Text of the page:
"Hij maakt elke ochtend een wandeling."
Translation:He goes for a walk every morning.
he walks every morning. my answer seems to be a mix of both correct answers. is there a unspoken rule here?
Een wandeling maken = to go for/to take a walk/stroll.
So in that sense, saying he walks does not quite cover the meaning of the sentence
Are these analogies proper?
English: to walk, to go for a walk
French: marcher, faire une promenade
Dutch: lopen, een wandeling maken
So what about "Hij gaat voor" becuase he goes for a walk and does not make a walk. How do you make a walk?
Is this an example in which only "ochtend" and not "morgen" can be used for morning?
He is going for a stroll every morning ? "Is going" in plaats van "goes" ?
thanks, i checked the link, but it did not convince me because i read there: Group I Normal Verbs
Most verbs are "Normal Verbs." These verbs are usually physical actions which you can see somebody doing. These verbs can be used in all tenses.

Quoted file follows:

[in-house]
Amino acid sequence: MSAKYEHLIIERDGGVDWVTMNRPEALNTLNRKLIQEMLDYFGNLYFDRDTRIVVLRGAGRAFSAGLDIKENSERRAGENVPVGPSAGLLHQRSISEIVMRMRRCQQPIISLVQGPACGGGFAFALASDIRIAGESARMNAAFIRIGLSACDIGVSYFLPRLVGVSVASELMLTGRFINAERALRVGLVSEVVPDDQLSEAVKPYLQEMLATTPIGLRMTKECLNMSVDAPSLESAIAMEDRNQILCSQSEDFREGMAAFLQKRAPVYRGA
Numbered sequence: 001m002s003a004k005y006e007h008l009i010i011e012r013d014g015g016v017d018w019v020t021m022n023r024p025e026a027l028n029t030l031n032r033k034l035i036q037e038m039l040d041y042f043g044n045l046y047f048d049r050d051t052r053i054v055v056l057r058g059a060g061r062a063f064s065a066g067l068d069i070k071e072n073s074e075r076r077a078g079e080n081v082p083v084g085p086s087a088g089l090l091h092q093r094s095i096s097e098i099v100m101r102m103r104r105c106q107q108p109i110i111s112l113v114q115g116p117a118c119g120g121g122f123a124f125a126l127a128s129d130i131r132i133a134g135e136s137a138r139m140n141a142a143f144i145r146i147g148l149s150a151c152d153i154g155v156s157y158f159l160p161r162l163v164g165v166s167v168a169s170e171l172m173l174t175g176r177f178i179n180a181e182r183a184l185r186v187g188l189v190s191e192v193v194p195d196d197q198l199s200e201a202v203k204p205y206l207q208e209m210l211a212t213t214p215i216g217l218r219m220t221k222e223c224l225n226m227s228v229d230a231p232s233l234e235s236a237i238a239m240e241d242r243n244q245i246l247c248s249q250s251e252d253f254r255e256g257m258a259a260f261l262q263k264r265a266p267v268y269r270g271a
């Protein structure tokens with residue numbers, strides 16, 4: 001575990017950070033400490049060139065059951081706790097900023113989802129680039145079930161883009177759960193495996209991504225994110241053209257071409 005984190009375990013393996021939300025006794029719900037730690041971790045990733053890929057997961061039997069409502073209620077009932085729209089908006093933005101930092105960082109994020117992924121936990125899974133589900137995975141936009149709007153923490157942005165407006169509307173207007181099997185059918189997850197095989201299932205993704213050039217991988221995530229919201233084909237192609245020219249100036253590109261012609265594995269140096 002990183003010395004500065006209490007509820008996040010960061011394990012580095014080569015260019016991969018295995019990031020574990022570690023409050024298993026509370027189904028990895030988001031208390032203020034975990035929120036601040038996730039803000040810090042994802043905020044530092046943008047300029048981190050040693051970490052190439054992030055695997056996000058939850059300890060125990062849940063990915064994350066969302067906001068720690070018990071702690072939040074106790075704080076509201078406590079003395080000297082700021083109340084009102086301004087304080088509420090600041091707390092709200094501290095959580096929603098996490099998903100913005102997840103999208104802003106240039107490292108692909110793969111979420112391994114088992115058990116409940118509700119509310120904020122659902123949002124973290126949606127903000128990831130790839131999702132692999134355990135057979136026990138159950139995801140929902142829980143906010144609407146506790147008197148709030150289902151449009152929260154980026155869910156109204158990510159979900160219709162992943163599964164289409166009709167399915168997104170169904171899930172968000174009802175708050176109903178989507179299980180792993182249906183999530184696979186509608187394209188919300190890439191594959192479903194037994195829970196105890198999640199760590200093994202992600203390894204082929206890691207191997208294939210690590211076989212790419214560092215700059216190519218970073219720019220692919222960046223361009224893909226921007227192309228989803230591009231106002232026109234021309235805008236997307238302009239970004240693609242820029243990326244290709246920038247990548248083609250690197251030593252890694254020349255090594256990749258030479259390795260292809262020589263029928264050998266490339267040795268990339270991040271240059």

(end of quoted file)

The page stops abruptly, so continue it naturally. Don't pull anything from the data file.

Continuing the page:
to run, to walk, to eat, to fly, to go, to say, to touch, etc.
I eat dinner every day. I am eating dinner now.
Maybe have another look at the link about when the progressive tense is used.
To make it easier for you!:
- to express the idea that something is happening now, at this very moment
- "now" can mean: this second, today, this month, this year, this century, and so on. Sometimes, we use the Present Continuous to say that we are in the process of doing a longer action which is in progress; however, we might not be doing it at this exact second.
- Sometimes, speakers use the Present Continuous to indicate that something will or will not happen in the near future.
- The Present Continuous with words such as "always" or "constantly" expresses the idea that something irritating or shocking often happens. Notice that the meaning is like Simple Present, but with negative emotion.
Especially for you, also have a look when the simple present is used: http://www.englishpage.com/verbpage/simplepresent.html
Please don't make me copy and paste that here as well...